When you think about it, that’s just insane. In the same way that car salesmen are paid more if they sell you not just the car but the installed security system, antilock brakes, GPS system and solar powered self warming coffee holder (I’m not sure those actually exist, but it’s a great idea) Doctors are incentivized to pile on more services and procedures to the initial bill. Of course, car salesmen don’t enjoy the level of trust that doctors do in our society (I respect most piles of dog feces more than I respect car salesmen.) Additionally most people pay for cars out of their own pocket — we’re not sharing the costs for our car purchases through an insurance pool. So what we have is a system in which trusted authority figures are given a financial incentive to prescribe excess procedures and services. Is that going to result in unnecessary prescriptions (and thus higher shared costs)? Duh!

I’m reminded of a few other anecdotal* cases that might be relevant here. An acquaintance of mine recently had some kind of shoulder surgery. Once the doctors got in there, they determined that it would not be possible to complete the goal of the surgery (which, I think, was shaving down some bone or something.) Someone else I know recently had cataracts removed, but, post-operation, it was determined that his vision had not improved.

Were these surgeries failures? Maybe… if the goal was to actually increase health. But if the goal was to increase wealth (of the doctors), then these surgeries were pretty successful.

By the way, here’s another fact from the LA Times article worth considering while ruminating on the high cost of health care: 35.9% of Americans are obese. Suddenly my “death camps for fat people” idea doesn’t seem quite so controversial, does it?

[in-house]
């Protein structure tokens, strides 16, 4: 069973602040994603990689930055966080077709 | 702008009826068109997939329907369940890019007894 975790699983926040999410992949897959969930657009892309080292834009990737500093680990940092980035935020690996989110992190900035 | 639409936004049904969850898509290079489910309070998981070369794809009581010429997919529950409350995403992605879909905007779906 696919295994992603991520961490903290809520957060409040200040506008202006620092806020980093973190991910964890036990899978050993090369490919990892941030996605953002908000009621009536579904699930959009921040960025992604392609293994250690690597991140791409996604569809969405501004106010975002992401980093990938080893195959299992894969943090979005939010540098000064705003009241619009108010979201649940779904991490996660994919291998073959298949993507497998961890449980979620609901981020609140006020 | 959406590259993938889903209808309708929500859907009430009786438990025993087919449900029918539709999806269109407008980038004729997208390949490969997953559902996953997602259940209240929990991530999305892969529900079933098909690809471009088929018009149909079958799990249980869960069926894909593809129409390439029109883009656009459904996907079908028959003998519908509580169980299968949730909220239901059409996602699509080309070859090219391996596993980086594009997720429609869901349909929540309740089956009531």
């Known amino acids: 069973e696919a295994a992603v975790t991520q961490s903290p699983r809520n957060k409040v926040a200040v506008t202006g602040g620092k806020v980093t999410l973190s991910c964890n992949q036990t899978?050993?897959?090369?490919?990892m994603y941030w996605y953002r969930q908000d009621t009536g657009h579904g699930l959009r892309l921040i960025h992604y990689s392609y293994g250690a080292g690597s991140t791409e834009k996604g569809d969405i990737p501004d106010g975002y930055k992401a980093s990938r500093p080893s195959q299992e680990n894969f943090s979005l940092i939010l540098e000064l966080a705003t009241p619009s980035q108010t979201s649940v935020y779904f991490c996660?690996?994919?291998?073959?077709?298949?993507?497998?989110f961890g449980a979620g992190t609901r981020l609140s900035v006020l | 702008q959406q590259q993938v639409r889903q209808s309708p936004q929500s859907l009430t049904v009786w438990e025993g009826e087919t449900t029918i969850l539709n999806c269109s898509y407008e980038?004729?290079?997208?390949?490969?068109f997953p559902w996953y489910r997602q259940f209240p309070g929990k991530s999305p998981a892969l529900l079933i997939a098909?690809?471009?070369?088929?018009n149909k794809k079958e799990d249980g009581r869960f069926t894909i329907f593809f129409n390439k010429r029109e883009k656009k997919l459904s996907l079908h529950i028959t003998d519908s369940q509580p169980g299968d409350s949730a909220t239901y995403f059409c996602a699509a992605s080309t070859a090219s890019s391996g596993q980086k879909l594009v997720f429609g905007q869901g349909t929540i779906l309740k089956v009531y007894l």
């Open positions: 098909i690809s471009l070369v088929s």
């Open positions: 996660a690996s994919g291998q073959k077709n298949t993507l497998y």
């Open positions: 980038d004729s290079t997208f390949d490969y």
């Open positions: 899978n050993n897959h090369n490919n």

* Yes, I agree that anecdotes are not evidence. But I do think, especially if they are easily summoned, they contain a certain wisdom.

Fatties (and Forbis) fear success?

This strikes me as an interesting bit of serendipity: just yesterday I was raging against the morbidly obese, and then today, while continuing my reading of “The Great Pain Deception,” I come across the following paragraph.

A small percentage of people prevent healing through repeatedly and unconsciously resisting treatment. A common example is overeating. The conscious-self attempts dieting but suddenly one day she gorges herself on desserts. She has unconsciously rejected the notion of weight loss.

But why has she rejected it?

Her current self image is comforting because it’s known to her. She may fear becoming her true self for fear of succeeding. If she succeeds she is now in the spotlight. … internal conflict rages… because her motivations are instinctively at war.